This somewhat manipulated and morphed event, that has found its way into our annual calendar, has never been more important to me.
As a son, and a person for that matter, I am not a very big fan of acting to a society driven schedule.
Annual days, such as this one, Valentines and Halloween are a load of tripe concocted to make me feel like I should be doing something to signify them.
Get knotted those days.
It is not that I do not appreciate what people do for me, or am unable to demonstrate that practically, I just do not like being forced into celebrating that fact to a national, or international, schedule.
However ‘Mother’s Day’ now has added significance to me, in the reality that my son does not have a living mother to celebrate it with, and therefore I need to actually think about how I choose to handle it.
Others around us are very considerate of our circumstances, probably too much in some cases.
And some were interested in how we, or I, would like to handle the day, and traditions like cards.
I decided that my son should make a card for his mother, and if he wanted to make cards for others, he could do so, but they would be additional.
Everyone was onboard with my plan, with the notable exception of Junior himself.
The first opportunity he got to make a card, I was actually with him, at a playgroup we regularly frequent, that chose to make cards a couple of weeks before Mothering Sunday, as they were planning on ‘making’ biscuits a little closer to it.
We had a good half-hour of making a card, a flower based one from various shades of crepe paper, that we scrumbled up and glued down like the bad-asses that we are.
Craft. Is. Cool.
But my boy was not keen on this card being for his mother, instead insisting it was for Cbeebies.
Which prompted some interesting dialogue between us, and a couple of the
nosey more confident around us.
I was not keen on hearing my son’s perceived reluctance to making a card for his mom, but listened to him all the same.
It pays sometimes.
I attempted to explain that although she was not here to receive it, that was no real reason as to not make her a card, and we could make other, additional cards, including for the UK’s number one TV channel for pre-schoolers.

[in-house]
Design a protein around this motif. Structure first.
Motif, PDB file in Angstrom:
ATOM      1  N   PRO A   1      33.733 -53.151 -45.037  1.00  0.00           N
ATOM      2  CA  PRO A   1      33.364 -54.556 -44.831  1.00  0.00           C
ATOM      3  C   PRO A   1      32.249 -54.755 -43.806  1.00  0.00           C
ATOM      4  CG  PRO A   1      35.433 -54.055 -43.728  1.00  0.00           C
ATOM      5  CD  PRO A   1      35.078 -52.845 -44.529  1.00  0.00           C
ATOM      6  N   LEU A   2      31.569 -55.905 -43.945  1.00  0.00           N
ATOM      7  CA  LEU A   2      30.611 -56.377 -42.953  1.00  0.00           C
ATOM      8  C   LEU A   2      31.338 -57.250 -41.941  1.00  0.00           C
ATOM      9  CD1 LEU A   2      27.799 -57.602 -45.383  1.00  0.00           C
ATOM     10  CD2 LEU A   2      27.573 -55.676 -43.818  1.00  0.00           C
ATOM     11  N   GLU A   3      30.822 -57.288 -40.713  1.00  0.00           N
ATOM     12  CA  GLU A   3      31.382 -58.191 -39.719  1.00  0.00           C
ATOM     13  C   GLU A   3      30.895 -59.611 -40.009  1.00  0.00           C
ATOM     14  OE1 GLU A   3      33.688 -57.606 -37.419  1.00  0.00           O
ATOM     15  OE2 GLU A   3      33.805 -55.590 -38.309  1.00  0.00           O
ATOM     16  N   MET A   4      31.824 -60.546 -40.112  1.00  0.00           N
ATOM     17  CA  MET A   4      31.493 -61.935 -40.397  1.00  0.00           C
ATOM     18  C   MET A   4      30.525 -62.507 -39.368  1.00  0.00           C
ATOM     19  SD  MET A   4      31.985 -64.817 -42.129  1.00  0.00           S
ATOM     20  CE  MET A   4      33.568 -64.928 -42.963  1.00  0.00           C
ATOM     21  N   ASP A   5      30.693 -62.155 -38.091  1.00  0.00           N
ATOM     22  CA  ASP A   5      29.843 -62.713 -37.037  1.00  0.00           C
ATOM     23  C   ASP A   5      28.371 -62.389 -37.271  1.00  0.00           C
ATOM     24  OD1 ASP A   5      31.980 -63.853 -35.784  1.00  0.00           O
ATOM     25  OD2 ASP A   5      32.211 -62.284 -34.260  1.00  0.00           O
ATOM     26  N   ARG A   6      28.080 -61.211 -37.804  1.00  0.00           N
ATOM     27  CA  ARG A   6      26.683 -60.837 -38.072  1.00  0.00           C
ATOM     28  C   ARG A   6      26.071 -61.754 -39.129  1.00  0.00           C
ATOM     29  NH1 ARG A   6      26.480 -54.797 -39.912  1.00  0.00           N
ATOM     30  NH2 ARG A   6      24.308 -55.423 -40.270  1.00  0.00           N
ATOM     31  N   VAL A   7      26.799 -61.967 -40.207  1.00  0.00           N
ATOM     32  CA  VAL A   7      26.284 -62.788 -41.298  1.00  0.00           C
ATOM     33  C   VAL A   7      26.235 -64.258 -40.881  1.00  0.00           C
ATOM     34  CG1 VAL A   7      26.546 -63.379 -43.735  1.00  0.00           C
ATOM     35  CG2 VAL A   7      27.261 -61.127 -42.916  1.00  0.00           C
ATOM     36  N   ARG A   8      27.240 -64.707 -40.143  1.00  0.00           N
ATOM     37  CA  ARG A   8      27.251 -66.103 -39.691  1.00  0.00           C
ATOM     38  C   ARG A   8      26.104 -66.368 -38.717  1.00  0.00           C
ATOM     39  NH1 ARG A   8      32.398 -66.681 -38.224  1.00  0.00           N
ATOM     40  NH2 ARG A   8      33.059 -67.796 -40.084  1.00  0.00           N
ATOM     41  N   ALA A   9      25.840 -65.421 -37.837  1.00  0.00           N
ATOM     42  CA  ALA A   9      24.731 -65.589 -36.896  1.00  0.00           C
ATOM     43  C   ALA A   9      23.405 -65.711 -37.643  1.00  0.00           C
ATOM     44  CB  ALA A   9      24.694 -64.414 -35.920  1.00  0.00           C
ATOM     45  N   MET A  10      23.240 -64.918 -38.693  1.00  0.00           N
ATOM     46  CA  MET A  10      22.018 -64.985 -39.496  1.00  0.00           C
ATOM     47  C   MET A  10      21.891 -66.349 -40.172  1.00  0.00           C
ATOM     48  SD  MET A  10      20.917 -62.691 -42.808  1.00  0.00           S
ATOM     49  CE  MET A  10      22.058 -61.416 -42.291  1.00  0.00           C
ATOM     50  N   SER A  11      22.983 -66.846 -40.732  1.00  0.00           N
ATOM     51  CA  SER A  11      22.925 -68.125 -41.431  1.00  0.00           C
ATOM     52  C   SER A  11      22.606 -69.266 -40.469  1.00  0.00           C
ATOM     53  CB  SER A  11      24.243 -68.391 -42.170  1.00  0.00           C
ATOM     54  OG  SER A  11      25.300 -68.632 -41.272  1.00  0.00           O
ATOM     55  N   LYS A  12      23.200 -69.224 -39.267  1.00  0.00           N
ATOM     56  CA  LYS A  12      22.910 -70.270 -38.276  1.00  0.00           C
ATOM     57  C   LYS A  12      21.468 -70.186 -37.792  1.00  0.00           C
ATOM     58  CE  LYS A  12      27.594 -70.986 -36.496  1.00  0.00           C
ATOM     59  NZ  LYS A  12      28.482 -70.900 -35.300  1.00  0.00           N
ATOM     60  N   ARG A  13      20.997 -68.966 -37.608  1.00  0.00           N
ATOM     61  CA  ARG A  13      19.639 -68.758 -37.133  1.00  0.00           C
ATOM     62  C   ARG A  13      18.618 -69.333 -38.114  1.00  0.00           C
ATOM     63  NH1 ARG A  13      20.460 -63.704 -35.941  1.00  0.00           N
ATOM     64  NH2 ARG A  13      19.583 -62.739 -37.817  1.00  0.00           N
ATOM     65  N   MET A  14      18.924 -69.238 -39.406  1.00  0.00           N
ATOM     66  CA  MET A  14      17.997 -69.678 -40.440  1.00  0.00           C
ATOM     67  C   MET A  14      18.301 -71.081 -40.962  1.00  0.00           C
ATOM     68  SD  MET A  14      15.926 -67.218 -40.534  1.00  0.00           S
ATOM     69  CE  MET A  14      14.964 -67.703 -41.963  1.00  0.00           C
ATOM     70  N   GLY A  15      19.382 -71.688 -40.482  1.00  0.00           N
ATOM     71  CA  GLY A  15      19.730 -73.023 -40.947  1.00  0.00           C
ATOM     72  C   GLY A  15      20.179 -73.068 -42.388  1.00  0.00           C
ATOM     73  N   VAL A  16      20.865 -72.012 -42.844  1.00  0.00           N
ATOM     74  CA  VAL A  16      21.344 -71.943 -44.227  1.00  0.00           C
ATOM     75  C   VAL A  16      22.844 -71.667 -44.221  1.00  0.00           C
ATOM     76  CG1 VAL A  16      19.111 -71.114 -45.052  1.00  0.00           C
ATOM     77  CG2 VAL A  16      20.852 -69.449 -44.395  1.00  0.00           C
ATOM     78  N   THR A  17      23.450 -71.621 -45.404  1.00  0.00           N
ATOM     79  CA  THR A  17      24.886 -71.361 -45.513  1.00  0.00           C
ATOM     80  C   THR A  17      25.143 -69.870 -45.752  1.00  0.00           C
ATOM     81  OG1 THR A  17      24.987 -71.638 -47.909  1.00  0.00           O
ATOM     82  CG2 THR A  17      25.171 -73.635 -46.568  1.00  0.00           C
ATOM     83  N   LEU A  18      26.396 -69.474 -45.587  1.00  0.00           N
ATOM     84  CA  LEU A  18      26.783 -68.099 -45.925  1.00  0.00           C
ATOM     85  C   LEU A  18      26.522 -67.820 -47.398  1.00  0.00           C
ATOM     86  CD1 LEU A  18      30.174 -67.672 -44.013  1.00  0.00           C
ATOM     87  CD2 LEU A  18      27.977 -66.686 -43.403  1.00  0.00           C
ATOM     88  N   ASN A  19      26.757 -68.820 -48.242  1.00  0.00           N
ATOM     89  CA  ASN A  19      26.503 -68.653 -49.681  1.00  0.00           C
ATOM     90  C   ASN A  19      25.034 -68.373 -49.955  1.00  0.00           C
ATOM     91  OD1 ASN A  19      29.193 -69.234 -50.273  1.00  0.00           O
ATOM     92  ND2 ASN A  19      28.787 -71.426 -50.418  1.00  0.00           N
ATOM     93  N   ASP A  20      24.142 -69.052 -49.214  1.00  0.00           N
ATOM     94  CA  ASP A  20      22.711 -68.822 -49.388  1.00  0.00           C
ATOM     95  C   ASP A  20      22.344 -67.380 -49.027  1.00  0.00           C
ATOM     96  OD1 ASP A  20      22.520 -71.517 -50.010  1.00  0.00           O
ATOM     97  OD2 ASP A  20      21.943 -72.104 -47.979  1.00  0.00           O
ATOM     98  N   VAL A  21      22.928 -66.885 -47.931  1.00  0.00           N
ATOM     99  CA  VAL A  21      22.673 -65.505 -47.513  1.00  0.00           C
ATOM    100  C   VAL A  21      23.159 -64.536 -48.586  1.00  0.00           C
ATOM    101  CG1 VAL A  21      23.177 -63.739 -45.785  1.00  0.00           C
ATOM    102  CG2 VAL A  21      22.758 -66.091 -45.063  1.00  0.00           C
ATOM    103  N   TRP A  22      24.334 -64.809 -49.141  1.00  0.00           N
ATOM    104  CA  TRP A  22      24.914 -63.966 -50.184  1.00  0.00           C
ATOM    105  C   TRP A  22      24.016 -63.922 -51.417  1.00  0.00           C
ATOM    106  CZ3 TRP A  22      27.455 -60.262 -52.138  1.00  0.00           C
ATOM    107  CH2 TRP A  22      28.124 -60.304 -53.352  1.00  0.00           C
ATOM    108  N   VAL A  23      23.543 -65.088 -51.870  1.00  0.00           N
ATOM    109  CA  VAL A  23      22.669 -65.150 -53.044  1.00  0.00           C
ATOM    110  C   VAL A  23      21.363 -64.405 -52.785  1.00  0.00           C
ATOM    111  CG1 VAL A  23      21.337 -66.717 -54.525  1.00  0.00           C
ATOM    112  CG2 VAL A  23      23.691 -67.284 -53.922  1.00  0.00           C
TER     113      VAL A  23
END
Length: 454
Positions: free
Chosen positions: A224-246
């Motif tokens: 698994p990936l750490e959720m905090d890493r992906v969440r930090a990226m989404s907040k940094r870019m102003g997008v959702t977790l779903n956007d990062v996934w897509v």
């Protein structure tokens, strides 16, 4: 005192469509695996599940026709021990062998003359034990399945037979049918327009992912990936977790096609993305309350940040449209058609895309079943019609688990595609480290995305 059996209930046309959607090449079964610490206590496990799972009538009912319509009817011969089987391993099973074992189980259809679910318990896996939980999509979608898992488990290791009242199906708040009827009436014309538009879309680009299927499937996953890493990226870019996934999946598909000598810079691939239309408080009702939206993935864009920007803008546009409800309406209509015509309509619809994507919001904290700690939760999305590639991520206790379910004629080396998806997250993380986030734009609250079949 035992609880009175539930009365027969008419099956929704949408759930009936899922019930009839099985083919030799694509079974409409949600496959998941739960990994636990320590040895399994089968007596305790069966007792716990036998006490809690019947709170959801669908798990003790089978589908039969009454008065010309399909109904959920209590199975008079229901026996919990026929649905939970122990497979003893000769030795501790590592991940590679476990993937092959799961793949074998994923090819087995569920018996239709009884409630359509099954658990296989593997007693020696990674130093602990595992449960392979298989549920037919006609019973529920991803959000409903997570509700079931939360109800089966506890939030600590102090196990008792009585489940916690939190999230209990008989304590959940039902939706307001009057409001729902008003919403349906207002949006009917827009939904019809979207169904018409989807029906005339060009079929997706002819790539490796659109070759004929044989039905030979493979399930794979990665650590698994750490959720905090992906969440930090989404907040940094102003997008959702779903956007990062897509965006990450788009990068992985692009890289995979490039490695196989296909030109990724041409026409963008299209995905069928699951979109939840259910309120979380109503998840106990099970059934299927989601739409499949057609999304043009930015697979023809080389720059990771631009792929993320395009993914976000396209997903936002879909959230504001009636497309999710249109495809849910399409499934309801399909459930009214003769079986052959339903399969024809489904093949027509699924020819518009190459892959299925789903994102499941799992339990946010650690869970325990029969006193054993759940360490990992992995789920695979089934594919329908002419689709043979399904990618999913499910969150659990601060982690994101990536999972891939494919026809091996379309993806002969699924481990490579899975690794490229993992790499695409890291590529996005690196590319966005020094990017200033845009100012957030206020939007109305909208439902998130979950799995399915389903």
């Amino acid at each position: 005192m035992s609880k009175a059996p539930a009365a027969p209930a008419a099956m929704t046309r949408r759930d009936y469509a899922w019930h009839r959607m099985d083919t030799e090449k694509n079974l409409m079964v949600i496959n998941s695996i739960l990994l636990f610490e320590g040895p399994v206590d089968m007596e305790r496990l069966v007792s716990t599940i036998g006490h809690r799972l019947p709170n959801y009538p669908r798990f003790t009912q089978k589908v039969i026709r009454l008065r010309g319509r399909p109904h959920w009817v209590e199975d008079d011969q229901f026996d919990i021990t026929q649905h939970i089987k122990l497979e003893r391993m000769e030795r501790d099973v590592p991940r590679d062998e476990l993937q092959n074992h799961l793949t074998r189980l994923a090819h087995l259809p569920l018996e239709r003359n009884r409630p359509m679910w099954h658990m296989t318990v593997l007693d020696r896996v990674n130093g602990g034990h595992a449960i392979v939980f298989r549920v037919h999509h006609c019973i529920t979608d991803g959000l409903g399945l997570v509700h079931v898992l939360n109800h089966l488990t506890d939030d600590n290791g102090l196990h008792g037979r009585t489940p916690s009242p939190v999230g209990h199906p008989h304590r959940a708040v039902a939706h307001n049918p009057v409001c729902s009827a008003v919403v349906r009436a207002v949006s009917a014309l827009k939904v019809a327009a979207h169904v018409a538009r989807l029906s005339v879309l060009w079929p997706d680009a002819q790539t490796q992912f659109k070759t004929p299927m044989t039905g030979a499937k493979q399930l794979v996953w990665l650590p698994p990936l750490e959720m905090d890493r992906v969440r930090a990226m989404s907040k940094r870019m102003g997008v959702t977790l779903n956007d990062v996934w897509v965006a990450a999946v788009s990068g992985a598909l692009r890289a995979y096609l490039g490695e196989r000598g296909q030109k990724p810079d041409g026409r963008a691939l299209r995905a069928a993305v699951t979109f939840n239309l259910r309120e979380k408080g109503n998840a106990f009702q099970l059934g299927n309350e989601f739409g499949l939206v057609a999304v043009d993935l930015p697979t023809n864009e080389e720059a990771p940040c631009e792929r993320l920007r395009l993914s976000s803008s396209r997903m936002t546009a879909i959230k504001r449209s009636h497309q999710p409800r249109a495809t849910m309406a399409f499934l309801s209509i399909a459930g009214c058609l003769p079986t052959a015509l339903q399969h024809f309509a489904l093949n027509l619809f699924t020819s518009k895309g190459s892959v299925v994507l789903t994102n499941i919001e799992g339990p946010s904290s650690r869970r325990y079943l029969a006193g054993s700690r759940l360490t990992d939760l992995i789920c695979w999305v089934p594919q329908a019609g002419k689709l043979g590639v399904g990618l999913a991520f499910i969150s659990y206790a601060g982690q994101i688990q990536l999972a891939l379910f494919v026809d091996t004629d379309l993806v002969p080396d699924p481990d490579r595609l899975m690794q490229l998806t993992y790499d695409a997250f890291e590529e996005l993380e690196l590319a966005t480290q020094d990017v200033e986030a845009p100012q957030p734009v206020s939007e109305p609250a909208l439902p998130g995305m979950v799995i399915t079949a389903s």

In an ‘I-get-all-that-dad-but’ way, he still insisted that the card should be for his normal channel of choice.
Mildly concerned that my son was choosing television over his mother, a compromise was muted. We would make two cards and pick one out of our works for each.
I gained agreement, but then lost my child’s attention to other things going on at the group, so we never completed the second card.
Instead I let it whirl round my head how he could have come up with such a decision, without really getting any further with that either.
But I need not have worried.
We returned home for lunch, and I switched Cbeebies on while I put it together. However before I made it back to the kitchen, Max pointed my attention to the screen and to their send in request.
Of course they wanted flowers, to signify spring, just like the one we had made that morning.
My son was not choosing anyone over anyone, he simply had put the two and two together correctly.
Have that ‘concern’, and welcome back ‘proud’
He further confirmed his thoughtful side when he decided to make further cards for his daddy and for his granddad.
His granddad’s because he had cut his thumb last week, and the card had become a I-hope-it-gets-better-soon card.
Very thoughtful, and lateral of mind.
On some of our walks to and from nursery and the village playground, my mini-colossus has re-iterated who he has made cards for, reminding me also that our send in card remains undone.
Will have to do something about that later this week.